There is significant therapeutic potential for drugs that modulate HCN channels. Dysfunction of HCN channels has been linked to cardiac dysrhythmia, ataxia, absence epilepsy, and neuropathic pain syndromes. Blockers of HCN channels have been pursued as potential bradycardiac, antiepileptic and analgetic agents. The most extensively studied blockers of HCN channels are ZD7288 and ivabradine. Both agents block HCN channels in the low micromolar range and reduce heart rate in a variety of species including man.

The Table below contains accepted modulators and additional information.


W-7: N-(6-Aminohexyl)-5-chloro-1-naphthalenesulfonamide hydrochloride
ZD7288: (N-Ethyl-N-phenylamino)-1,2 dimethyl-6-(methylamino) pyridinium chloride


Ashcroft FM. 2000. Cyclic nucleitide-gated channels.199-210.
Benarroch EE. 2013. HCN channels: Function and clinical implications. Neurology. 80(3):304-310.
Biel M, Michalakis S. 2007. Function and Dysfunction of CNG Channels: Insights from Channelopathies and Mouse Models. Mol Neurobiol. 35(3):266-277.
Biel M. 2002. Cardiac HCN Channels Structure, Function, and Modulation. 12(5):206-213.
Biel M, Seeliger M, Pfeifer A, Kohler K, Gerstner A, Ludwig A, Jaissle G, Fauser S, Zrenner E, Hofmann F. 1999. Selective loss of cone function in mice lacking the cyclic nucleotide-gated channel CNG3. Proceedings of the National Academy of Sciences. 96(13):7553-7557.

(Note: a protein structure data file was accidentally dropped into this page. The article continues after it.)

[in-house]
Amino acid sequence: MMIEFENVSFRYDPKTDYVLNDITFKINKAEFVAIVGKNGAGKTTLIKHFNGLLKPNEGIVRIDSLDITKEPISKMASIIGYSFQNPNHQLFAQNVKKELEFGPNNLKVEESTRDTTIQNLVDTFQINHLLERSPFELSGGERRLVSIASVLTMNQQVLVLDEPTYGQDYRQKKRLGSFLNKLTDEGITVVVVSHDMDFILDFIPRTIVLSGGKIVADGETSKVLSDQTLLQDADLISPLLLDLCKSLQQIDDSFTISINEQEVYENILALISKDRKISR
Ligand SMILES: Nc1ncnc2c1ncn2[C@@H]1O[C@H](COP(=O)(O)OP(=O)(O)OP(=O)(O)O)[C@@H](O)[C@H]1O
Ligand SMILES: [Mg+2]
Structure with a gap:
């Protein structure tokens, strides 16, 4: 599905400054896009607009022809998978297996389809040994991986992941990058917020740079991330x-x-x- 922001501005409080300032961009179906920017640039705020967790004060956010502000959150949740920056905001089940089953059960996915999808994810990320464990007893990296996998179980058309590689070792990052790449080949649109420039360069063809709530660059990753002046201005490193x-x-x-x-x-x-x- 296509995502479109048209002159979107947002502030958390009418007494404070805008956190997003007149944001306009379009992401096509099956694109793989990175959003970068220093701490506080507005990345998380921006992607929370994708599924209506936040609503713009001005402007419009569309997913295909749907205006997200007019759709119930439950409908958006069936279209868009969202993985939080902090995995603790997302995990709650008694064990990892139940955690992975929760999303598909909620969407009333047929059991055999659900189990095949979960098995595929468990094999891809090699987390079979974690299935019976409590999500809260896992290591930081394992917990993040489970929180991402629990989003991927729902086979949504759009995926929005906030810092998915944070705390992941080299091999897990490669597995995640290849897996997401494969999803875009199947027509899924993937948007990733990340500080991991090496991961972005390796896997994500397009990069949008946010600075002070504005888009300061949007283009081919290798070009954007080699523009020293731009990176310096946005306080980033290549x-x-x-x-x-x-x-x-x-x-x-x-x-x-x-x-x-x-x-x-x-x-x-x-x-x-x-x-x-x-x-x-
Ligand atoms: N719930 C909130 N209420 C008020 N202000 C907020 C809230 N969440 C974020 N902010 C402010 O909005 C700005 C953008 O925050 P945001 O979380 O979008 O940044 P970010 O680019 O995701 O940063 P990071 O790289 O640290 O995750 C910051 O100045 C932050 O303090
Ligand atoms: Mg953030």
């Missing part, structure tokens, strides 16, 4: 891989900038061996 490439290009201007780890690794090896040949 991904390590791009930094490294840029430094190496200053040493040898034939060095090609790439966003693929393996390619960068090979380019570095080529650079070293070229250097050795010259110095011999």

Herrmann S, Hofmann F, Stieber J, Ludwig A. 2012. HCN channels in the heart: lessons from mouse mutants. 166(2):501-509.
Hofmann F, Biel M, Kaupp UB. 2003. International Union of Pharmacology. XLII. Compendium of Voltage-Gated Ion Channels: Cyclic Nucleotide-Modulated Channels. Pharmacol Rev. 55(4):587-589.
Kaupp UB, Seifert R. 2002. Cyclic Nucleotide-Gated Ion Channels. Physiological Reviews. 82(3):769-824.
Kaupp UB, Seifert R. 2001. Molecular Diversity of Pacemaker Ion Channels. Annu. Rev. Physiol.. 63(1):235-257.
Ludwig A, Zong X, Jeglitsch M, Hofmann F, Biel M. 1998. A family of hyperpolarization-activated mammalian cation channels. Nature. 393(6685):587-591.

Ludwig A. 2003. Absence epilepsy and sinus dysrhythmia in mice lacking the pacemaker channel HCN2. 22(2):216-224.
Matulef K, Zagotta WN. 2003. Cyclic Nucleotide-Gated Ion Channels. Annu. Rev. Cell Dev. Biol.. 19(1):23-44.
Noam Y, Bernard C, Baram TZ. 2011. Towards an integrated view of HCN channel role in epilepsy. Current Opinion in Neurobiology. 21(6):873-879.
Postea O, Biel M. 2011. Exploring HCN channels as novel drug targets. Nat Rev Drug Discov. 10(12):903-914.
Reid CA, Phillips AM, Petrou S. 2012. HCN channelopathies: pathophysiology in genetic epilepsy and therapeutic implications. 165(1):49-56.
Robinson RB, Siegelbaum SA. 2003. Hyperpolarization-Activated Cation Currents: From Molecules to Physiological Function. Annu. Rev. Physiol.. 65(1):453-480.
Zagotta WN, Olivier NB, Black KD, Young EC, Olson R, Gouaux E. 2003. Structural basis for modulation and agonist specificity of HCN pacemaker channels. Nature. 425(6954):200-205.
Zhong H, Molday LL, Molday RS, Yau K. 2002. The heteromeric cyclic nucleotide-gated channel adopts a 3A:1B stoichiometry. Nature. 420(6912):193-198.